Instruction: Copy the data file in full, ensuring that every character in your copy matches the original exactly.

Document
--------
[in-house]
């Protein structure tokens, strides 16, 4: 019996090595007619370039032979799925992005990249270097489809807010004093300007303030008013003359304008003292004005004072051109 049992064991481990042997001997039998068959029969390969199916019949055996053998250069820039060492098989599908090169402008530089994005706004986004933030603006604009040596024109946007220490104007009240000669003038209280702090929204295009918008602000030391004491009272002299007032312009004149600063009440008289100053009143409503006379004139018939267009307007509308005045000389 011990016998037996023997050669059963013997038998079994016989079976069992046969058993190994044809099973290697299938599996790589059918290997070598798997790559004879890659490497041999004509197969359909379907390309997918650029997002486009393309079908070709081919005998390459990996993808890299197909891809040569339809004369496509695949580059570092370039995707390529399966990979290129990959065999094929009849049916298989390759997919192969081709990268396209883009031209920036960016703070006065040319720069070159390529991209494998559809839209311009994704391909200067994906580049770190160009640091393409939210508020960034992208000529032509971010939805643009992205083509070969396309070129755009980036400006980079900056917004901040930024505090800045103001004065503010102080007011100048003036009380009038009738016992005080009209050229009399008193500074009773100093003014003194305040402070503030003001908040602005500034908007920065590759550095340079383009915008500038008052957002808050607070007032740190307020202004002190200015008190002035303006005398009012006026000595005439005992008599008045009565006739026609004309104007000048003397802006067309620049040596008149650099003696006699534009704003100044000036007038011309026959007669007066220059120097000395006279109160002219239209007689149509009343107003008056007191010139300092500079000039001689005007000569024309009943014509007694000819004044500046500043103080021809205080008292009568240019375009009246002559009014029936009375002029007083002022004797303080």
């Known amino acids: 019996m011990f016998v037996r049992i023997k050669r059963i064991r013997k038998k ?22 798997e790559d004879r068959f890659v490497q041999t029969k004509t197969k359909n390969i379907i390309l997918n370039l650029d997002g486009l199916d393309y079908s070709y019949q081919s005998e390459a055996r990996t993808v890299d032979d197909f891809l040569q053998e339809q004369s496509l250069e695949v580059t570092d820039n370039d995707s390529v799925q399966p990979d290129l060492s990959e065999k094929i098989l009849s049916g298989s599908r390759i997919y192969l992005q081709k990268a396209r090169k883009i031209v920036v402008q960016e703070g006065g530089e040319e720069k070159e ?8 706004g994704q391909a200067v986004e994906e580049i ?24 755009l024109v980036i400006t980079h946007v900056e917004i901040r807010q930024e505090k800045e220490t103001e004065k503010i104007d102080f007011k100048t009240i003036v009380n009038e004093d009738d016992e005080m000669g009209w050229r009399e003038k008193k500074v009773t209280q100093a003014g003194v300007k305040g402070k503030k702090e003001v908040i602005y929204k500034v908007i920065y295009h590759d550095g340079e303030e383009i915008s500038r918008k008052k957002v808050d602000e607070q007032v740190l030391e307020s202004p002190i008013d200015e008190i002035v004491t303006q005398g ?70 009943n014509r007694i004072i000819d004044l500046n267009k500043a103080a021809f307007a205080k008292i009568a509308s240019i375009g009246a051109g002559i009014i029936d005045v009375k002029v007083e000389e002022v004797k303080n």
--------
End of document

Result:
[in-house]
């Protein structure tokens, strides 16, 4: 019996090595007619370039032979799925992005990249270097489809807010004093300007303030008013003359304008003292004005004072051109 049992064991481990042997001997039998068959029969390969199916019949055996053998250069820039060492098989599908090169402008530089994005706004986004933030603006604009040596024109946007220490104007009240000669003038209280702090929204295009918008602000030391004491009272002299007032312009004149600063009440008289100053009143409503006379004139018939267009307007509308005045000389 011990016998037996023997050669059963013997038998079994016989079976069992046969058993190994044809099973290697299938599996790589059918290997070598798997790559004879890659490497041999004509197969359909379907390309997918650029997002486009393309079908070709081919005998390459990996993808890299197909891809040569339809004369496509695949580059570092370039995707390529399966990979290129990959065999094929009849049916298989390759997919192969081709990268396209883009031209920036960016703070006065040319720069070159390529991209494998559809839209311009994704391909200067994906580049770190160009640091393409939210508020960034992208000529032509971010939805643009992205083509070969396309070129755009980036400006980079900056917004901040930024505090800045103001004065503010102080007011100048003036009380009038009738016992005080009209050229009399008193500074009773100093003014003194305040402070503030003001908040602005500034908007920065590759550095340079383009915008500038008052957002808050607070007032740190307020202004002190200015008190002035303006005398009012006026000595005439005992008599008045009565006739026609004309104007000048003397802006067309620049040596008149650099003696006699534009704003100044000036007038011309026959007669007066220059120097000395006279109160002219239209007689149509009343107003008056007191010139300092500079000039001689005007000569024309009943014509007694000819004044500046500043103080021809205080008292009568240019375009009246002559009014029936009375002029007083002022004797303080």
């Known amino acids: 019996m011990f016998v037996r049992i023997k050669r059963i064991r013997k038998k ?22 798997e790559d004879r068959f890659v490497q041999t029969k004509t197969k359909n390969i379907i390309l997918n370039l650029d997002g486009l199916d393309y079908s070709y019949q081919s005998e390459a055996r990996t993808v890299d032979d197909f891809l040569q053998e339809q004369s496509l250069e695949v580059t570092d820039n370039d995707s390529v799925q399966p990979d290129l060492s990959e065999k094929i098989l009849s049916g298989s599908r390759i997919y192969l992005q081709k990268a396209r090169k883009i031209v920036v402008q960016e703070g006065g530089e040319e720069k070159e ?8 706004g994704q391909a200067v986004e994906e580049i ?24 755009l024109v980036i400006t980079h946007v900056e917004i901040r807010q930024e505090k800045e220490t103001e004065k503010i104007d102080f007011k100048t009240i003036v009380n009038e004093d009738d016992e005080m000669g009209w050229r009399e003038k008193k500074v009773t209280q100093a003014g003194v300007k305040g402070k503030k702090e003001v908040i602005y929204k500034v908007i920065y295009h590759d550095g340079e303030e383009i915008s500038r918008k008052k957002v808050d602000e607070q007032v740190l030391e307020s202004p002190i008013d200015e008190i002035v004491t303006q005398g ?70 009943n014509r007694i004072i000819d004044l500046n267009k500043a103080a021809f307007a205080k008292i009568a509308s240019i375009g009246a051109g002559i009014i029936d005045v009375k002029v007083e000389e002022v004797k303080n």